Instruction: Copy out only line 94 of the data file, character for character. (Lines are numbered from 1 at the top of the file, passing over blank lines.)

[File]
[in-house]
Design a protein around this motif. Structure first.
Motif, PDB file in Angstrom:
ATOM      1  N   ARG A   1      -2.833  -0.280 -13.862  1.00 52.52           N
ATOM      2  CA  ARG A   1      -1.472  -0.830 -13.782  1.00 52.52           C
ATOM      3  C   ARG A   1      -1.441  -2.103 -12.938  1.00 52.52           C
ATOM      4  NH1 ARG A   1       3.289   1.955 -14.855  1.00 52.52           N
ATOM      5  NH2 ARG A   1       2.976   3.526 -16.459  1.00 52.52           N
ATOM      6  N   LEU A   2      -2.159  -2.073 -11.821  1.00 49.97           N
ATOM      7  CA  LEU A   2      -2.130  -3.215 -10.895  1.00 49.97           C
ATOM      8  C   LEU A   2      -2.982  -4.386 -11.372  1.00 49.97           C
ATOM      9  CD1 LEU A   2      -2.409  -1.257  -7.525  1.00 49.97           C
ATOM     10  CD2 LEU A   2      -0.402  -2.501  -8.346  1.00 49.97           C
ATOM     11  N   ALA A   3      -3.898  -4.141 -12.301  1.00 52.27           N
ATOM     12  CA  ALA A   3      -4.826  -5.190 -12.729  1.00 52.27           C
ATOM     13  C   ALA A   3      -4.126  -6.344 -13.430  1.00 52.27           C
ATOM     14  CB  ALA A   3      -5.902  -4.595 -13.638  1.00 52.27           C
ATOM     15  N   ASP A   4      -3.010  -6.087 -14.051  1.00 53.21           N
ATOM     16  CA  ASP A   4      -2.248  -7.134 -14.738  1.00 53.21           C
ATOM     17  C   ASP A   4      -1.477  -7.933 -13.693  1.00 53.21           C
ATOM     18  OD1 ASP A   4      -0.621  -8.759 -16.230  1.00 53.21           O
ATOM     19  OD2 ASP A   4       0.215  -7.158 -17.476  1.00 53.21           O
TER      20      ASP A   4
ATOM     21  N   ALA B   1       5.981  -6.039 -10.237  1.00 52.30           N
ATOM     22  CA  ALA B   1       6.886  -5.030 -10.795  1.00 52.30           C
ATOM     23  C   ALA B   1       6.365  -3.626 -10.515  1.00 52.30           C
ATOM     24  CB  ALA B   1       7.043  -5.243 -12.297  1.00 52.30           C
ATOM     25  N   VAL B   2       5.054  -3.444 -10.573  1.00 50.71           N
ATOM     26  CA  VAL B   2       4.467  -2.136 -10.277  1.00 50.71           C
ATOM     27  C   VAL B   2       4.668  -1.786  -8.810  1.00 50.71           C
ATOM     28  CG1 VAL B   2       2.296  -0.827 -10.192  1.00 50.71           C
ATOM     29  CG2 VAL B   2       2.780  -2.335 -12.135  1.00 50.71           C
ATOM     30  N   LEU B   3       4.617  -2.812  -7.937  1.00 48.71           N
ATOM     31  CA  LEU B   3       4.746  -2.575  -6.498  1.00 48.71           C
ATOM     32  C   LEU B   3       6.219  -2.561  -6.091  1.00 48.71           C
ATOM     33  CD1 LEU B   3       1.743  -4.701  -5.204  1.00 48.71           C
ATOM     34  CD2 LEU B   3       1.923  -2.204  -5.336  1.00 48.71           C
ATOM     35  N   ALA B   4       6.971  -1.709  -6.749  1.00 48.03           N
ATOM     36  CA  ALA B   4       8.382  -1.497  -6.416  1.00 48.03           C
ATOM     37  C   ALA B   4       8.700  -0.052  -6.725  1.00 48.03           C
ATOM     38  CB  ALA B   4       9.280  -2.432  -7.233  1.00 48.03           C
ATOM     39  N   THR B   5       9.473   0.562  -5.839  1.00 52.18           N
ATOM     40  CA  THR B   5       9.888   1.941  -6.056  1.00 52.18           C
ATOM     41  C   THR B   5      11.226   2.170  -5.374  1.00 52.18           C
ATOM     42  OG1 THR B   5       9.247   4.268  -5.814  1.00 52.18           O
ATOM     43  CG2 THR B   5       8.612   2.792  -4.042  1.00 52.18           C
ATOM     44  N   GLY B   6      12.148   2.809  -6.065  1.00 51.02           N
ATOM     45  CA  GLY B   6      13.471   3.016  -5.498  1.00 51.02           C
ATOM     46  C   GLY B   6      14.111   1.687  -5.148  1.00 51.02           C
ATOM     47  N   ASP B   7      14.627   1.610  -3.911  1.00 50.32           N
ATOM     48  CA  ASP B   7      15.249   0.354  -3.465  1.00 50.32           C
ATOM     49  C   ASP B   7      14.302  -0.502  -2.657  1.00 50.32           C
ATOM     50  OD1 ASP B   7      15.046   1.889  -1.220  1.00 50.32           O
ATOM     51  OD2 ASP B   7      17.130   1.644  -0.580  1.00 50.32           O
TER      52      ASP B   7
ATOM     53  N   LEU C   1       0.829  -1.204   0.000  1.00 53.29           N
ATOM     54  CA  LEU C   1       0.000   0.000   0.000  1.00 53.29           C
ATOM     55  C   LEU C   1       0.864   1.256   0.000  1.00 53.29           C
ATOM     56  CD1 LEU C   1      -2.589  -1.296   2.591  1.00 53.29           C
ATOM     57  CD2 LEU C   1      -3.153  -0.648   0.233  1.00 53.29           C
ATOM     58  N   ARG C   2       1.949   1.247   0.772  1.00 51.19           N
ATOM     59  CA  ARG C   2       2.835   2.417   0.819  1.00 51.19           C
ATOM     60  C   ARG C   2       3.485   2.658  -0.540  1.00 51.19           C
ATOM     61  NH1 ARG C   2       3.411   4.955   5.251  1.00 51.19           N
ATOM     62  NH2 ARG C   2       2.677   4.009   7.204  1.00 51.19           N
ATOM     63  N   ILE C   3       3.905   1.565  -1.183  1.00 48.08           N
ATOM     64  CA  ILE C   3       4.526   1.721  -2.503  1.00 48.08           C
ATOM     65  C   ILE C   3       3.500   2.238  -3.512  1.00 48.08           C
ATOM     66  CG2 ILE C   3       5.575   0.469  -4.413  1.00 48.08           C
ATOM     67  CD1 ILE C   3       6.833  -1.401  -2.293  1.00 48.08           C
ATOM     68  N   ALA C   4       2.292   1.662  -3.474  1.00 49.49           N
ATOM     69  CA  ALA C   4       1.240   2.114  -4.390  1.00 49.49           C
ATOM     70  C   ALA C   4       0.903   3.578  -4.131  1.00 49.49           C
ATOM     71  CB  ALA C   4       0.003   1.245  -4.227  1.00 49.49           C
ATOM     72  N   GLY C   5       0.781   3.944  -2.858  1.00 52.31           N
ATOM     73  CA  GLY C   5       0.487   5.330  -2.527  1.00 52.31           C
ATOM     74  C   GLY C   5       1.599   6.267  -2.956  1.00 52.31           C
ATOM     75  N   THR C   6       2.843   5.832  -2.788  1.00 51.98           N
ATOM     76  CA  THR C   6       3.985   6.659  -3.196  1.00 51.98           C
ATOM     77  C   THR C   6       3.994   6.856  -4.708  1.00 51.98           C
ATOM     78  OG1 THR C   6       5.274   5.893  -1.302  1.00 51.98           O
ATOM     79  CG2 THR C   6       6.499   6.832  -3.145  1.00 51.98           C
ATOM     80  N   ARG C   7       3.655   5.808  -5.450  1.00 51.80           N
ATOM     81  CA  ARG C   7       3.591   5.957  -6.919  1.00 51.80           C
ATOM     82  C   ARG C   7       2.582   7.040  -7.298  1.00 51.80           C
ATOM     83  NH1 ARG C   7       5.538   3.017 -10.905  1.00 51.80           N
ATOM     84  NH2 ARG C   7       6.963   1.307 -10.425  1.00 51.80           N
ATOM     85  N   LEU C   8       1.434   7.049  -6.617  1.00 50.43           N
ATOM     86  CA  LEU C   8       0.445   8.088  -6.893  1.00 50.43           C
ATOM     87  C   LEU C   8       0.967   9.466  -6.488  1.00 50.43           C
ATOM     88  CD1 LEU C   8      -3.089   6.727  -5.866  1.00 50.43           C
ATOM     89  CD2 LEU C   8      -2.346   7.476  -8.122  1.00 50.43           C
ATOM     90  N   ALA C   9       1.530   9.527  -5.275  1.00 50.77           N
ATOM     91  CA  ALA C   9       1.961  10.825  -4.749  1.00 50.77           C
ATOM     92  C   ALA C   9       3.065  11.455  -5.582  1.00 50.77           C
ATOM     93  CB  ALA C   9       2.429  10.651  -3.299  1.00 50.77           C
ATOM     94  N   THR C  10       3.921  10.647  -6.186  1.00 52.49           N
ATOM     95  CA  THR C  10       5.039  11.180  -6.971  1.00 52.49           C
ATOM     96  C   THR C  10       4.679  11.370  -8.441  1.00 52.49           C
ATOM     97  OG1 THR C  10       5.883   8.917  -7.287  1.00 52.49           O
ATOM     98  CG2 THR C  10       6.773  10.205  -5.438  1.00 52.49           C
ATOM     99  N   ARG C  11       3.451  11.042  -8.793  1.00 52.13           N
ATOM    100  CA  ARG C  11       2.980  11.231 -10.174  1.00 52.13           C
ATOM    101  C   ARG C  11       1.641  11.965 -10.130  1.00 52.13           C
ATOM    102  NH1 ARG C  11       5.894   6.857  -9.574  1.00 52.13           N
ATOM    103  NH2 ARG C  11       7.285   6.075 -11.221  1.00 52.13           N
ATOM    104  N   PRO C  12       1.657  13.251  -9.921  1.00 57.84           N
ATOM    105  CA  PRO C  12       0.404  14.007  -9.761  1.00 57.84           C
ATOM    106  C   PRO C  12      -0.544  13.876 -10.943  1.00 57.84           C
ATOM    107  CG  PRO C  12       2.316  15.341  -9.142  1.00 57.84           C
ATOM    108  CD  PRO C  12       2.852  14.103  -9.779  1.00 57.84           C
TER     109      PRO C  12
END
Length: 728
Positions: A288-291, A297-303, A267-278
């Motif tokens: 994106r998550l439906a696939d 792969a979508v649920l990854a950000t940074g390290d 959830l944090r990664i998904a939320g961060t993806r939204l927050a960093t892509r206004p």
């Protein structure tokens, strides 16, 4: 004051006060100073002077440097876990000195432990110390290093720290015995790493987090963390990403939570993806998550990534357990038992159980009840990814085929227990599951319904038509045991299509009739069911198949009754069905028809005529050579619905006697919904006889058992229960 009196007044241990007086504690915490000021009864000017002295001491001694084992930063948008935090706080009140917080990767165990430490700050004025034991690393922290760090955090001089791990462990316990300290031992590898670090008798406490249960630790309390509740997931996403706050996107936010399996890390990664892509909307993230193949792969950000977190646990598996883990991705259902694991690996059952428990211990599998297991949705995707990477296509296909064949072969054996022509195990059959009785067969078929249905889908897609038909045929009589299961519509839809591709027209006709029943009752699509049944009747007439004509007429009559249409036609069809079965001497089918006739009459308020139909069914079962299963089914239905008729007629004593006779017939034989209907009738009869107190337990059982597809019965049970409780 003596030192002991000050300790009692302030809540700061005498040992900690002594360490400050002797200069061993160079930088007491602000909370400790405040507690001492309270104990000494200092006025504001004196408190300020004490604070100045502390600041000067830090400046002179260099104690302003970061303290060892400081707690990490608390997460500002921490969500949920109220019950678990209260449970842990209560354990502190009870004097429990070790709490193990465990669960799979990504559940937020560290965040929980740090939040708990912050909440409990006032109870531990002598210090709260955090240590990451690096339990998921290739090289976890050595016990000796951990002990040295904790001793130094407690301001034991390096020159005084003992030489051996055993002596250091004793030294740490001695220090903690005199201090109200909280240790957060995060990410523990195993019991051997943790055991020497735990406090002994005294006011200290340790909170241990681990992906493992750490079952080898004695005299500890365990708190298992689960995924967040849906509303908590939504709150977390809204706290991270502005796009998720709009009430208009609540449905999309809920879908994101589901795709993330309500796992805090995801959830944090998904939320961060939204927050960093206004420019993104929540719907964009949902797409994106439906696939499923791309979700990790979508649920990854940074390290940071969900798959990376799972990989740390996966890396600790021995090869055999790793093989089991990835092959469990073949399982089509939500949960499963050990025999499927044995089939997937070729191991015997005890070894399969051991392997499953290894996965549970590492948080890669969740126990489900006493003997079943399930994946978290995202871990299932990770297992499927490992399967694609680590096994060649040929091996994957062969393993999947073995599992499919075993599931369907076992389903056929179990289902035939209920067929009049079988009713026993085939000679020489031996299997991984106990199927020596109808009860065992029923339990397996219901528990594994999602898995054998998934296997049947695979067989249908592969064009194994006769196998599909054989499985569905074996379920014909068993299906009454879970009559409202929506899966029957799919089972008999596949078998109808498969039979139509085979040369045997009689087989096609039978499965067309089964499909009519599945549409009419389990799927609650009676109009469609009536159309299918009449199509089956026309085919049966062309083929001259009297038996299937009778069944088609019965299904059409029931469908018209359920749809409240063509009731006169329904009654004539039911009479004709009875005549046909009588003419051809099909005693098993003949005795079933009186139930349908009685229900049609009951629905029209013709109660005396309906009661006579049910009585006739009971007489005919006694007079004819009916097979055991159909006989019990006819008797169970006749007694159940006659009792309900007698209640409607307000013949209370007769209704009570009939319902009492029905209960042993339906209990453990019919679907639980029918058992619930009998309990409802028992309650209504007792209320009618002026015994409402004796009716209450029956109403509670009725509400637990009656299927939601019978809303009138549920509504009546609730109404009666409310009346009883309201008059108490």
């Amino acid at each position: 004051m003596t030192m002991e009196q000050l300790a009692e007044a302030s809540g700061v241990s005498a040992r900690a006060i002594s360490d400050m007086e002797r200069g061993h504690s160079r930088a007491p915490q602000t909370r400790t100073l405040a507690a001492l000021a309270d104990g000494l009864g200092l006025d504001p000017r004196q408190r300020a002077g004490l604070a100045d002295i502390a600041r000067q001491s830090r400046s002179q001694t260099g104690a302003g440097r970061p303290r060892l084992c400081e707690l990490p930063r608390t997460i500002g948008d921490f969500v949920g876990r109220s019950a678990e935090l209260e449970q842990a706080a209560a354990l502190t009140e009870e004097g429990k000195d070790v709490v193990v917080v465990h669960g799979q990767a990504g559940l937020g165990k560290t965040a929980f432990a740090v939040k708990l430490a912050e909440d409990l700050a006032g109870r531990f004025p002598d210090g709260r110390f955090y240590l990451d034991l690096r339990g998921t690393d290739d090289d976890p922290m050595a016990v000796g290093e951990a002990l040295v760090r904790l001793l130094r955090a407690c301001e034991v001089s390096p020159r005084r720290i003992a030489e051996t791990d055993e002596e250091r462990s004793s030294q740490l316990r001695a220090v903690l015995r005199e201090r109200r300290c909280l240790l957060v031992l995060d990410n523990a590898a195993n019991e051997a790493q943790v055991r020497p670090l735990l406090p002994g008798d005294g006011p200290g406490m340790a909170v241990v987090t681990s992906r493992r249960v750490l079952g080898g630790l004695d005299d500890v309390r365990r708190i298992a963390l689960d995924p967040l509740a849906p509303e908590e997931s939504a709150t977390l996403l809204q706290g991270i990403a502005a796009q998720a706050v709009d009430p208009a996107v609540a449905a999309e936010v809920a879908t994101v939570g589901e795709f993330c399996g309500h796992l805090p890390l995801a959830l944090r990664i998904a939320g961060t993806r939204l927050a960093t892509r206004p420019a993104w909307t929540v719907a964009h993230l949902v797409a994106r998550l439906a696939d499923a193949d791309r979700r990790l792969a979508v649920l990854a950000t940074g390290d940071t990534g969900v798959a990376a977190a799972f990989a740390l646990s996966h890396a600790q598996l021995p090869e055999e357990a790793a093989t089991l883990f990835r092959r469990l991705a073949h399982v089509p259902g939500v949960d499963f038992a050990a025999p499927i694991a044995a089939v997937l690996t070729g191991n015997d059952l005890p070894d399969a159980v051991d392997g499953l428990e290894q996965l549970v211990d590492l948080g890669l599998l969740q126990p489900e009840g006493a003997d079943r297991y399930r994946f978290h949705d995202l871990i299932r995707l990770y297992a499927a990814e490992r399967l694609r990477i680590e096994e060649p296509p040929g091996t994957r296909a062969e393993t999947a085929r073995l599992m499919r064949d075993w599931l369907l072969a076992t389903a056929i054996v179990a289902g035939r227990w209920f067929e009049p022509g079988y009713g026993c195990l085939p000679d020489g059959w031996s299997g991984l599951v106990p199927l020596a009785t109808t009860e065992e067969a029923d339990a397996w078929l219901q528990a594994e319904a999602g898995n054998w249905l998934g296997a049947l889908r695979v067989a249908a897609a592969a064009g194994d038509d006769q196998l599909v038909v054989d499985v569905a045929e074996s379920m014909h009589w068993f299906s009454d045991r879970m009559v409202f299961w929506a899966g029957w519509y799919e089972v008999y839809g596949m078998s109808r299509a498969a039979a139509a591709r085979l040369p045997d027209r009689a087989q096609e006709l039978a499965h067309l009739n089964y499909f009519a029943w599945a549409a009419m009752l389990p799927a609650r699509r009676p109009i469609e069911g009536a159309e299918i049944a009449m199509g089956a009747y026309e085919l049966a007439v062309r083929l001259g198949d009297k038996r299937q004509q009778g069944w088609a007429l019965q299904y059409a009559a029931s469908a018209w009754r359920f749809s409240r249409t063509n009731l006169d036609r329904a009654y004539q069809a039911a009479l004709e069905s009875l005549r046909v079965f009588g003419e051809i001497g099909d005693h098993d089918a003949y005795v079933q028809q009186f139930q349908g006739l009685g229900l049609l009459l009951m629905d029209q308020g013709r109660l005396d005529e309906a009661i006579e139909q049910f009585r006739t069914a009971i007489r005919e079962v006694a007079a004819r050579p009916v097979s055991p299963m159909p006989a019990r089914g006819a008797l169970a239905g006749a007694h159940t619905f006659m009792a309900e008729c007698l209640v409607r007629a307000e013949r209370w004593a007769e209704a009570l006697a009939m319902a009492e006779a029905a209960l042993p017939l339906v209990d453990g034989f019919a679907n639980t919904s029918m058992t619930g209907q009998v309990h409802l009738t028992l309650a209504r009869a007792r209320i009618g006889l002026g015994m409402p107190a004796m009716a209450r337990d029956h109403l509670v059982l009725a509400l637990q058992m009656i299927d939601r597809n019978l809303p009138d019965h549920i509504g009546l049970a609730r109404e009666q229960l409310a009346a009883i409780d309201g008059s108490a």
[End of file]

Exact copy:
ATOM     91  CA  ALA C   9       1.961  10.825  -4.749  1.00 50.77           C